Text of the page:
We say that a sequence of numbers x(1),x(2),...,x(k) is zigzag if no three of its consecutive elements create a nonincreasing or nondecreasing sequence. More precisely, for all i=1,2,...,k-2 either

x(i) >( x(i+1),x(i-1) )  


x(i) < ( x(i+1) , x(i-1))

I have two sequences of numbers a(1),a(2),...,a(n) and b(1),b(2),...,b(m). The problem is to compute the length of their longest common zigzag subsequence. In other words, you're going to delete elements from the two sequences so that they are equal, and so that they're a zigzag sequence. If the minimum number of elements required to do this is k then your answer is m+n-2k.

Note. sequences with length two and one are trivially zigzag

Now i tried writing a memoized recursive solution for the same using the below state variables

i= current position of sequence 1.
j= current position of sequence 2.
last= last taken number in the zigzag sequence currently being considered.
direction = current requirement of the number i.e. should it be greater than previous,less or same;  

i call the below function with


Here Integer.MIN_VALUE is used a sentinel value denoting no numbers are taken yet in the sequence. The function is given below:

static int magic(int i, int j, int last, int direction) {

  if (hm.containsKey(i + " " + j + " " + last + " " + direction))
   return hm.get(i + " " + j + " " + last + " " + direction);

  if (i == seq1.length || j == seq2.length) {
   return 0;


  int take_both = 0, leave_both = 0, leave1 = 0, leave2 = 0;
  if (seq1[i] == seq2[j] && last == Integer.MIN_VALUE)
   take_both = 1 + magic(i + 1, j + 1, seq1[i], direction); // this is the first digit  hence direction is 0.
  else if (seq1[i] == seq2[j] && (direction == 0 || direction == 1 && seq1[i] > last || direction == -1 && seq1[i] < last))
   take_both = 1 + magic(i + 1, j + 1, seq1[i], last != seq1[i] ? (last > seq1[i] ? 1 : -1) : 2);

  leave_both = magic(i + 1, j + 1, last, direction);

  leave1 = magic(i + 1, j, last, direction);
  leave2 = magic(i, j + 1, last, direction);
  int ans;

  ans = Math.max(Math.max(Math.max(take_both, leave_both), leave1), leave2);
  hm.put(i + " " + j + " " + last + " " + direction, ans);
  return ans;


Now the above code is working for as much test cases i could make, but the complexity is high. How do i reduce the time complexity,can i eliminate some state variables here? is there a efficient way to do this?

  • Can you give an example of the common sequence? Do you mean common by where they occur or by the values? 1,2,1,2,1,2,1 / 3,2,3,2,3,2... what's the correct result? – Carlos Feb 11 '16 at 10:14

First let's reduce the number of states: Let f(i, j, d) be the length of the longest common zig-zag sequence starting at position i in the first string and position j in the second string and starting with direction d (up or down).

We have the recurrence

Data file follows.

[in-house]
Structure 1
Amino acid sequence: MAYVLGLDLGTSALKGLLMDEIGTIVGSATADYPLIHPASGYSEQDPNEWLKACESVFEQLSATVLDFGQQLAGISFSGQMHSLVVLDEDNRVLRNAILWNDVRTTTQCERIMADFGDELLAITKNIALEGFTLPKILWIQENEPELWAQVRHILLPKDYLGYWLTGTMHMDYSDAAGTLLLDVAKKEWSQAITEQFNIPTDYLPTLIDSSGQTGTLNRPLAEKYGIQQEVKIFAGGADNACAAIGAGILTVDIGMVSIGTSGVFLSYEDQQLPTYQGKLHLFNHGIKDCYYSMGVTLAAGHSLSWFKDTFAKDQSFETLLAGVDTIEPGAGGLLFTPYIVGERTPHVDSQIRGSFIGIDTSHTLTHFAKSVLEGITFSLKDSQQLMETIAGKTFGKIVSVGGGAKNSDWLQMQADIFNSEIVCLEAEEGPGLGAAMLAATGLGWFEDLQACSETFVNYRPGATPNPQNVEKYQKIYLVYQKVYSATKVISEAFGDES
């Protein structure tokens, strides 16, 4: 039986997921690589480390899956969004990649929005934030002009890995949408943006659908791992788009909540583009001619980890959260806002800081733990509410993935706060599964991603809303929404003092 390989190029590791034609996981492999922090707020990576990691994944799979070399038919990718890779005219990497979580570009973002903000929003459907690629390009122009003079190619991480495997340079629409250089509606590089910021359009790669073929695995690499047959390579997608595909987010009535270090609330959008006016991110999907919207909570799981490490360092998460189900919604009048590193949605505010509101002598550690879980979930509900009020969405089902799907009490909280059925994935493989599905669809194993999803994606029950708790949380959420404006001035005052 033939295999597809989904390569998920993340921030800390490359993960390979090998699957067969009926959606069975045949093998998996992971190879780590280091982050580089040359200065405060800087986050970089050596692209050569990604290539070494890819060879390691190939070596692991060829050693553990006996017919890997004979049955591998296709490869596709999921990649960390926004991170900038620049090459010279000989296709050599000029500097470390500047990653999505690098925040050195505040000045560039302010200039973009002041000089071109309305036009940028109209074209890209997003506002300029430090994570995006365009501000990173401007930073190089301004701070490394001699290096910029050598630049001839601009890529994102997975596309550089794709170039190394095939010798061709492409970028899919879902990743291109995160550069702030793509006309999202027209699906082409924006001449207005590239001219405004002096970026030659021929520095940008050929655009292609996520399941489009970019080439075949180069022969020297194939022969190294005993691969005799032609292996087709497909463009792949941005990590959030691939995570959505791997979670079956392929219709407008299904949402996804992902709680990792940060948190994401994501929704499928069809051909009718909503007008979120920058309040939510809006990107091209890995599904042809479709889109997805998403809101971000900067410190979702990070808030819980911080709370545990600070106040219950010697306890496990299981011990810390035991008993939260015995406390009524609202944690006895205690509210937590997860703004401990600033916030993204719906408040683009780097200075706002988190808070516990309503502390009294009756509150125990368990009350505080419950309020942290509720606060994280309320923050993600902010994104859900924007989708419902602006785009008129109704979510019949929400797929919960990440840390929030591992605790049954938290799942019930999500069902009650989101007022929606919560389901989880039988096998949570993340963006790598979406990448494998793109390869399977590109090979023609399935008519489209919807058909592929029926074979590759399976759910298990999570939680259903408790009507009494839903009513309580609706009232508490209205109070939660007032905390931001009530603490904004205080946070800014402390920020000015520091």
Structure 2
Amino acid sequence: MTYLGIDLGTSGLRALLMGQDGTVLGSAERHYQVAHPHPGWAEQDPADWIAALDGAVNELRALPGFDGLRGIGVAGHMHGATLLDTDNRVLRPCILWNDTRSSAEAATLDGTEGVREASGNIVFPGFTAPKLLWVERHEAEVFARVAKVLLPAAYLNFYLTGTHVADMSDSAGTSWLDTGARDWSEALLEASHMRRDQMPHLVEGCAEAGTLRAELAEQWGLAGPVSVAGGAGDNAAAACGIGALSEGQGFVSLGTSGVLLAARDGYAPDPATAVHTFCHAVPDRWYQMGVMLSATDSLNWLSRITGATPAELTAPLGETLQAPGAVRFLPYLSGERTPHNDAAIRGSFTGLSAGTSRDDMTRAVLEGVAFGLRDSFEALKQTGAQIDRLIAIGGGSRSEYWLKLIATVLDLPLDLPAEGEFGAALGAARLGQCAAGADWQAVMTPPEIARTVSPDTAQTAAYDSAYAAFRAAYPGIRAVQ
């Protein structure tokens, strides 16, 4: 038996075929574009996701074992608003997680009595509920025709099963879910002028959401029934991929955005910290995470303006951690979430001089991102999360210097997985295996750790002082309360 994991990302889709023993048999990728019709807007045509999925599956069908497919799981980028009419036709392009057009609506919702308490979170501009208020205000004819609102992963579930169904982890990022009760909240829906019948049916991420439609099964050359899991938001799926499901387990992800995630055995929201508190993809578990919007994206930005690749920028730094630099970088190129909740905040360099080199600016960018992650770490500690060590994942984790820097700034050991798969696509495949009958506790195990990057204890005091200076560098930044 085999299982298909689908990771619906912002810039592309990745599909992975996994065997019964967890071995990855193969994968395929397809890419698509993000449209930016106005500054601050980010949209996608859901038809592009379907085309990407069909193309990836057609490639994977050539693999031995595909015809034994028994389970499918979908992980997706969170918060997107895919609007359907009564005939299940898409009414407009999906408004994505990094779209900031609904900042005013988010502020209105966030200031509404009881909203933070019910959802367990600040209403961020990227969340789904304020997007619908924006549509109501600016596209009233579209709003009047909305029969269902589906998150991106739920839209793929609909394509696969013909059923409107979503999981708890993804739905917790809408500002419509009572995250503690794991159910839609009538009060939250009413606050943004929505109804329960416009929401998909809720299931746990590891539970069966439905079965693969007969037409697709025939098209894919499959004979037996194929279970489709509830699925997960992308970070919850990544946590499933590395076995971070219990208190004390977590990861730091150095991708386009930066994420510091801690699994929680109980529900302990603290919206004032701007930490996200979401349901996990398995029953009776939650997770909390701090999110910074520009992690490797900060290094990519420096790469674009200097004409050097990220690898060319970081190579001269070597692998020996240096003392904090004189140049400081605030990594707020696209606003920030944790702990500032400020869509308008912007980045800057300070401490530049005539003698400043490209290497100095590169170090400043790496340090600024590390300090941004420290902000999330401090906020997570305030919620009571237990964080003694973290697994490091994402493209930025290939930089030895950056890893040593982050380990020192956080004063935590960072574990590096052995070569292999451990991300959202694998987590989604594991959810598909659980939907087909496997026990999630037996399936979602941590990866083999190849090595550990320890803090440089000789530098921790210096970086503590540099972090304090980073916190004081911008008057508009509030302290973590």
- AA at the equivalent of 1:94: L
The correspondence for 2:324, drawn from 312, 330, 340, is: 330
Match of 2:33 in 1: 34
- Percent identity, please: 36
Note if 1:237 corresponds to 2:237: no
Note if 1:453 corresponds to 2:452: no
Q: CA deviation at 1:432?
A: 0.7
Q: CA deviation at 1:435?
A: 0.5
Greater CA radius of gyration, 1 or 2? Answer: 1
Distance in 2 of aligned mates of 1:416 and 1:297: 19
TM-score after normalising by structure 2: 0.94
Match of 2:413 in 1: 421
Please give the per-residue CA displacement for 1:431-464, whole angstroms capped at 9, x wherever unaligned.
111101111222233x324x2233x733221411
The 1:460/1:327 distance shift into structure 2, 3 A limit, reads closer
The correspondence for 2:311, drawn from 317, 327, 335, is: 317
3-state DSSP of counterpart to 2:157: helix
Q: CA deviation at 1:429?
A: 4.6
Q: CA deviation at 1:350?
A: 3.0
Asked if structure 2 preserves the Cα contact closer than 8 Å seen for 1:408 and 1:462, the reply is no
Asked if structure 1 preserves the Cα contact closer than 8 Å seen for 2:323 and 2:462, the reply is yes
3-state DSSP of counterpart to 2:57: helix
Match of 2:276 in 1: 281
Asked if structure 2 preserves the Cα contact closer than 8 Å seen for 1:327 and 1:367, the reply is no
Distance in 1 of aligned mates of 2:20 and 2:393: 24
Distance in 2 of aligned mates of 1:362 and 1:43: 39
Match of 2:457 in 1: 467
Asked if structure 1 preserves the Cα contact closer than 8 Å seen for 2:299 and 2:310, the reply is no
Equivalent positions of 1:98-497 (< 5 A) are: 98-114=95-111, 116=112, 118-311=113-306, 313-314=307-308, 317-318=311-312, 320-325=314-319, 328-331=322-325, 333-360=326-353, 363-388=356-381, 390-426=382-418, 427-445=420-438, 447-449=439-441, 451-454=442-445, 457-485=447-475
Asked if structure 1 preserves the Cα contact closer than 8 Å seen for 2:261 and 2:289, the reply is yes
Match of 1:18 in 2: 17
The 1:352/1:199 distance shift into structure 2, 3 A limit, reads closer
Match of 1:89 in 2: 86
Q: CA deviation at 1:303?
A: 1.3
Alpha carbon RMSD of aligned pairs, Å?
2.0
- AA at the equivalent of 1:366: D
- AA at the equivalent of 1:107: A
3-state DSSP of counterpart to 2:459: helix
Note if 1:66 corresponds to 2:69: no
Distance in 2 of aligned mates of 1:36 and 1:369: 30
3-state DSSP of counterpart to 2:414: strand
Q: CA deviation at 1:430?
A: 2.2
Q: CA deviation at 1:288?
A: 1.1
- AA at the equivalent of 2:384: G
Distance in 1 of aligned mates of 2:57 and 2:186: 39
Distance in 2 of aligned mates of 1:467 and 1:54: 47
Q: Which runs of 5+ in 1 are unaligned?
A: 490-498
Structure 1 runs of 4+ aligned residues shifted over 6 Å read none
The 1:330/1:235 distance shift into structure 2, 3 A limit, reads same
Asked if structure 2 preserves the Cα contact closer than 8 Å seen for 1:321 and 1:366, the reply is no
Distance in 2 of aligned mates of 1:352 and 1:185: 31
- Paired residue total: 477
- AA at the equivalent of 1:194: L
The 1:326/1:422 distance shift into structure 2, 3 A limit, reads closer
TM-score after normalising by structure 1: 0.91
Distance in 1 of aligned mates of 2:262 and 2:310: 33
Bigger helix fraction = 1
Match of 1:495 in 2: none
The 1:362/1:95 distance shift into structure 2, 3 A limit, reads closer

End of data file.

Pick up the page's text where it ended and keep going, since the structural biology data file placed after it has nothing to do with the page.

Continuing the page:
f(i, j, up) >= MAX(i' > i, j' > j : f(i', j', up))
if s1[i] = s2[j]:
    f(i, j, up) >= MAX(i' > i, j' > j, s1[i'] > x : f(i', j', down))

an similar for the down direction. Solving this in a straightforward way will lead to a runtime of something like O(n4 · W) where W is the range of integers in the array. W is not polynomially bounded, so we definitely want to get rid of this factor, and ideally a couple of n factors along the way.

To solve the first part, you have to find the maximum f(i', j', up) with i' > i and j' > j. This is a standard standard 2-d orthogonal range maximum query.

For the second case, you need to find the maximum (i', j', down) with i' > i, j' > j and s1[i'] > s1[i]. That is a range maximum query in the rectangle (i, ∞) x (j, ∞) x (s1[i], ∞).

Now having 3 dimensions here looks scary. However, if we process the states in say, decreasing order of i, then we can get rid of one dimension. We thus reduced the problem to a range query in the rectangle (j, ∞) x (s1[i], ∞). Coordinate compression gets the dimension of values down to O(n).

You can use a 2-d data structure such as a range tree or binary-indexed tree to solve both kinds of range queries in O(log2 n). The total runtime will be O(n2 · log2 n).

You can get rid of one log factor using fractional cascading, but that is associated with a high constant factor. The runtime is then only one log-factor short of that for finding the longest common subsequence, which seems like a lower-bound for our problem.

  • Exuse my ignorance but can you explain the recurrence ,more elaboratately ? How did you reduce it to three variables ? – A. Sam Feb 16 '16 at 18:10
  • @Sam The important realization is that if you force the elements i and j to actually be part of the sequences, you know the last value from them, and you don't need to represent it explicitly in the state – Niklas B. Feb 16 '16 at 19:12

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